The solution to being בז ליום קטנות, the way to stop degrading the day of small things, is to break away from the everyday and think BIG, to think of BIG ideas and to develop BIG dreams.
The lesson is as true today as it was in Zecharyah’s day, and it is as applicable for personal lives as it is on the national scene. When we are forced to spend our time on picayune duties when we find our horizon reduced to the few feet in front of our faces, when we become בז ליום קטנות, it’s time to retrain our vision on Big things, to realize that Yehoshua does not have to wear בגדים צואים, filthy clothes, but instead he wears the uniform of the Kohen Gadol.
When the emotionally eroding tasks of parenting children through sibling squabbles, homework hassles and bedtime battles take their toll, we can turn our eyes to the Big picture, to their ultimate health and spirituality and happiness, realizing that if they are learning, if they are healthy, if they are happy, then these little day-to-day specifics are all adding up to something great, and we are accomplishing something big.
When the small defeats in our spiritual growth wear us down, when we grow tired of the challenge of getting up and davening daily or watching every word for lashon hara, we can turn to the canvas of our big achievements - keeping kosher, keeping Shabbos, performing acts of Chesed for each other.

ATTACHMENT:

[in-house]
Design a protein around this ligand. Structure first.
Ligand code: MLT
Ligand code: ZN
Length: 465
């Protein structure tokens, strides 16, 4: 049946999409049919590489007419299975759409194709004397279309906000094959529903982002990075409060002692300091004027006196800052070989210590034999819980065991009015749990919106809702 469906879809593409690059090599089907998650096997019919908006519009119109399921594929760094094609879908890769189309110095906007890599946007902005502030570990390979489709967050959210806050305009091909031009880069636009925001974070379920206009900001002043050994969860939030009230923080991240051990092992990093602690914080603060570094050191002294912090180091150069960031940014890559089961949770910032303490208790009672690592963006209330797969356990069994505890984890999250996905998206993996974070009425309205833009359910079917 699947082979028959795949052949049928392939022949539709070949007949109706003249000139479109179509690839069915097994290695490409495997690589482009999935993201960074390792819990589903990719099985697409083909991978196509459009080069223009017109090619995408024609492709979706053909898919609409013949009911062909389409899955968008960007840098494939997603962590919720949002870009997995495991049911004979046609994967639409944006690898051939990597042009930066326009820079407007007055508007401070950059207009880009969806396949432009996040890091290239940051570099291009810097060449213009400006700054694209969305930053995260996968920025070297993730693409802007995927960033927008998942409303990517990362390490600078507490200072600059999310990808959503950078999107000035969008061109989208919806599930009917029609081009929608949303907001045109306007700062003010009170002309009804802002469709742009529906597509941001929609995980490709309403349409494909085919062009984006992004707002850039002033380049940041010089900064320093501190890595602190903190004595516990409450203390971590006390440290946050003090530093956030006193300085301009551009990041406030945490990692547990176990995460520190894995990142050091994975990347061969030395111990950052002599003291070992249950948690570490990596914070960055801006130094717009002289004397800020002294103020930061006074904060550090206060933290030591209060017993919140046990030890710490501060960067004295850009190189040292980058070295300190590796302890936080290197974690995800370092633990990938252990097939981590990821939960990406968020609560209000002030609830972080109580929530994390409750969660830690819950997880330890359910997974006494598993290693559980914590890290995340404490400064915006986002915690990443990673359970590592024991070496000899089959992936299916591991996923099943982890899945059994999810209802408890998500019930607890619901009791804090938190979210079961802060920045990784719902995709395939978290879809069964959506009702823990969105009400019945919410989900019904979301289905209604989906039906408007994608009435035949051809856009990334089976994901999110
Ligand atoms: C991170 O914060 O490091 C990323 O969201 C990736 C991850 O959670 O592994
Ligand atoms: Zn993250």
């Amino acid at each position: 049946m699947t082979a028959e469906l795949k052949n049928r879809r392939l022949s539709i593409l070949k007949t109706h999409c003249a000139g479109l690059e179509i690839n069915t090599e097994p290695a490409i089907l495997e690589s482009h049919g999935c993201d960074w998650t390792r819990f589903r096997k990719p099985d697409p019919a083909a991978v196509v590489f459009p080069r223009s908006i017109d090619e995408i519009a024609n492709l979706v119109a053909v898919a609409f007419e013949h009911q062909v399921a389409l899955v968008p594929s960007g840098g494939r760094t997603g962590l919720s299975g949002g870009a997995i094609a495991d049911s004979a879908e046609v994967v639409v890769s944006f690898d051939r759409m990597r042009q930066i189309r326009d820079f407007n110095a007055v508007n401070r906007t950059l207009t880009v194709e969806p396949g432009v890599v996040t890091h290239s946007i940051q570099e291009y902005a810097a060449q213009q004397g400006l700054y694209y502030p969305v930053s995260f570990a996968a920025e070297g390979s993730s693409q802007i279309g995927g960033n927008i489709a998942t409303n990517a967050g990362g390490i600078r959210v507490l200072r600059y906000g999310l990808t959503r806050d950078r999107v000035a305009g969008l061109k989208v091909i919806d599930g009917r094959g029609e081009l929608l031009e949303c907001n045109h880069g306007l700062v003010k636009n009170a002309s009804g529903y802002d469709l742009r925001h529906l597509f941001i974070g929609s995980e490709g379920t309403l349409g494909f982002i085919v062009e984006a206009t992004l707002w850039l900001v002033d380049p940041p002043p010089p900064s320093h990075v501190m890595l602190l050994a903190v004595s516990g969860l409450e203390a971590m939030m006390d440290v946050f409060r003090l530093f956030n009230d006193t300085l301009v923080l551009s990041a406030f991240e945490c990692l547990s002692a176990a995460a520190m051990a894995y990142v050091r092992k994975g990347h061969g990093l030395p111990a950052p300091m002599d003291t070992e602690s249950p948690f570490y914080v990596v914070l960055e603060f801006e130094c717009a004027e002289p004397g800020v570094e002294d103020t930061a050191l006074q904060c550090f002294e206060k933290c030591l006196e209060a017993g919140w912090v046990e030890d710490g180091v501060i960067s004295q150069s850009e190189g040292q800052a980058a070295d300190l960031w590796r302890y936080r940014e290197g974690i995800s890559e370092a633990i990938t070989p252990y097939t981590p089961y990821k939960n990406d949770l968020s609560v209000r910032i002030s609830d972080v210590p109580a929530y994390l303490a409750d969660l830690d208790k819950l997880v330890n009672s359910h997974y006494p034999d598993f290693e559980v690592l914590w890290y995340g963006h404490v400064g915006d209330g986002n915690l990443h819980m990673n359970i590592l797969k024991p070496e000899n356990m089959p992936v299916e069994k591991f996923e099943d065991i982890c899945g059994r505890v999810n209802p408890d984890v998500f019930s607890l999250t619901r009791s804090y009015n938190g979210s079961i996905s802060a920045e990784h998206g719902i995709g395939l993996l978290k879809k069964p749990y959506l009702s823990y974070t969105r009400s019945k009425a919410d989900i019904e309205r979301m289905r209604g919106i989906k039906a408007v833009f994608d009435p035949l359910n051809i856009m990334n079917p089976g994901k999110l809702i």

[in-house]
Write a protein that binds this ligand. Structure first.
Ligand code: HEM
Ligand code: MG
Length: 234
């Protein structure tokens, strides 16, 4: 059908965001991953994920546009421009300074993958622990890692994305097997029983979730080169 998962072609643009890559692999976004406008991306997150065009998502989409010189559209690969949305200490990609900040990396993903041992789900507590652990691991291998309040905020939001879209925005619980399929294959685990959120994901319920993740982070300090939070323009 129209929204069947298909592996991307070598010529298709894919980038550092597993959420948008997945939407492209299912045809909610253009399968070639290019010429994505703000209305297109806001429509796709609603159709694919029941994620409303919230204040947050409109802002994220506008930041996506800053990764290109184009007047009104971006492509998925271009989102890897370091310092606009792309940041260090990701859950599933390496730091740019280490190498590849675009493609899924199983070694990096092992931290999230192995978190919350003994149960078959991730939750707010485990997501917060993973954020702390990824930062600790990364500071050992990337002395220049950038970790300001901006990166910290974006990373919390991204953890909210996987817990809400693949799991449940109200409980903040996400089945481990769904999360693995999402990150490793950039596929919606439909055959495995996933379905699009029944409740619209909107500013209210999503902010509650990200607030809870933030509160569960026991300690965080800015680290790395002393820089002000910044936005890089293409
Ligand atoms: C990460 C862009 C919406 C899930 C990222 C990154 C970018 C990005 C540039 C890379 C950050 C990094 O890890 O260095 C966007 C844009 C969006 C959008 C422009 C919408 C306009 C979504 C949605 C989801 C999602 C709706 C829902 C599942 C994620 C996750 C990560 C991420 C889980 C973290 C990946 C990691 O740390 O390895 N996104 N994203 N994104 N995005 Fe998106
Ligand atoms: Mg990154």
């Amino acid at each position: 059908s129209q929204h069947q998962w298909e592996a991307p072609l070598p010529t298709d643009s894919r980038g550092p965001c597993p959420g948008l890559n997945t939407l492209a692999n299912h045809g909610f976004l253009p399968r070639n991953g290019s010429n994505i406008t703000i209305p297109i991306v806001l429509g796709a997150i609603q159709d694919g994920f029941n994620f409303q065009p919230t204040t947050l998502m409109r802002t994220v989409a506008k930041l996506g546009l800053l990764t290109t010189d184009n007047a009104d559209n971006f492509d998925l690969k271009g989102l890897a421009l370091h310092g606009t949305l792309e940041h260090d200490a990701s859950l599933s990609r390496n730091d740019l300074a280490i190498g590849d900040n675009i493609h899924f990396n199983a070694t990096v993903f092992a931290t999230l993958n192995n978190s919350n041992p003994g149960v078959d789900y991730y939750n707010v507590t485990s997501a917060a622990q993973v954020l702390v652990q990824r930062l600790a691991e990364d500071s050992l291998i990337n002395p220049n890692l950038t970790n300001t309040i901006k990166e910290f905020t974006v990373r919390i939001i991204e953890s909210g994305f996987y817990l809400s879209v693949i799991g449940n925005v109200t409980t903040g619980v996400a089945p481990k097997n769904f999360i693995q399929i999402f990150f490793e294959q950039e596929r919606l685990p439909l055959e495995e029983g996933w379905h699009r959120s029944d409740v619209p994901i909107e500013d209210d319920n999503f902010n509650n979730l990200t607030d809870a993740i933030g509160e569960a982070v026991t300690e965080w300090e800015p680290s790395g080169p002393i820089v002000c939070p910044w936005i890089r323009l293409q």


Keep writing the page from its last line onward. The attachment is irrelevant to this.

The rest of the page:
Yosef, day-to-day slave and prisoner, understood he could channel Divine wisdom, and so he got out of jail.
The Chashmonaim, contending with day-to-day internal strife and intimidating odds, envisioned themselves battling the Greek empire, and created the Nes Chanukah.
And Zecharyah, and his partner navi Chaggai, dealing with day-to-day poverty and ignorance and logistics, convinced the Jews they could restore the Beis haMikdash. What it took was that vision of Yehoshua shedding his filthy clothes, and donning the grandeur of the Kohen Gadol.
HaShem will help us achieve those big goals
We might ask: When we turn from everyday smallness to the Big picture, what guarantee do we have that we will succeed in reaching that great goal?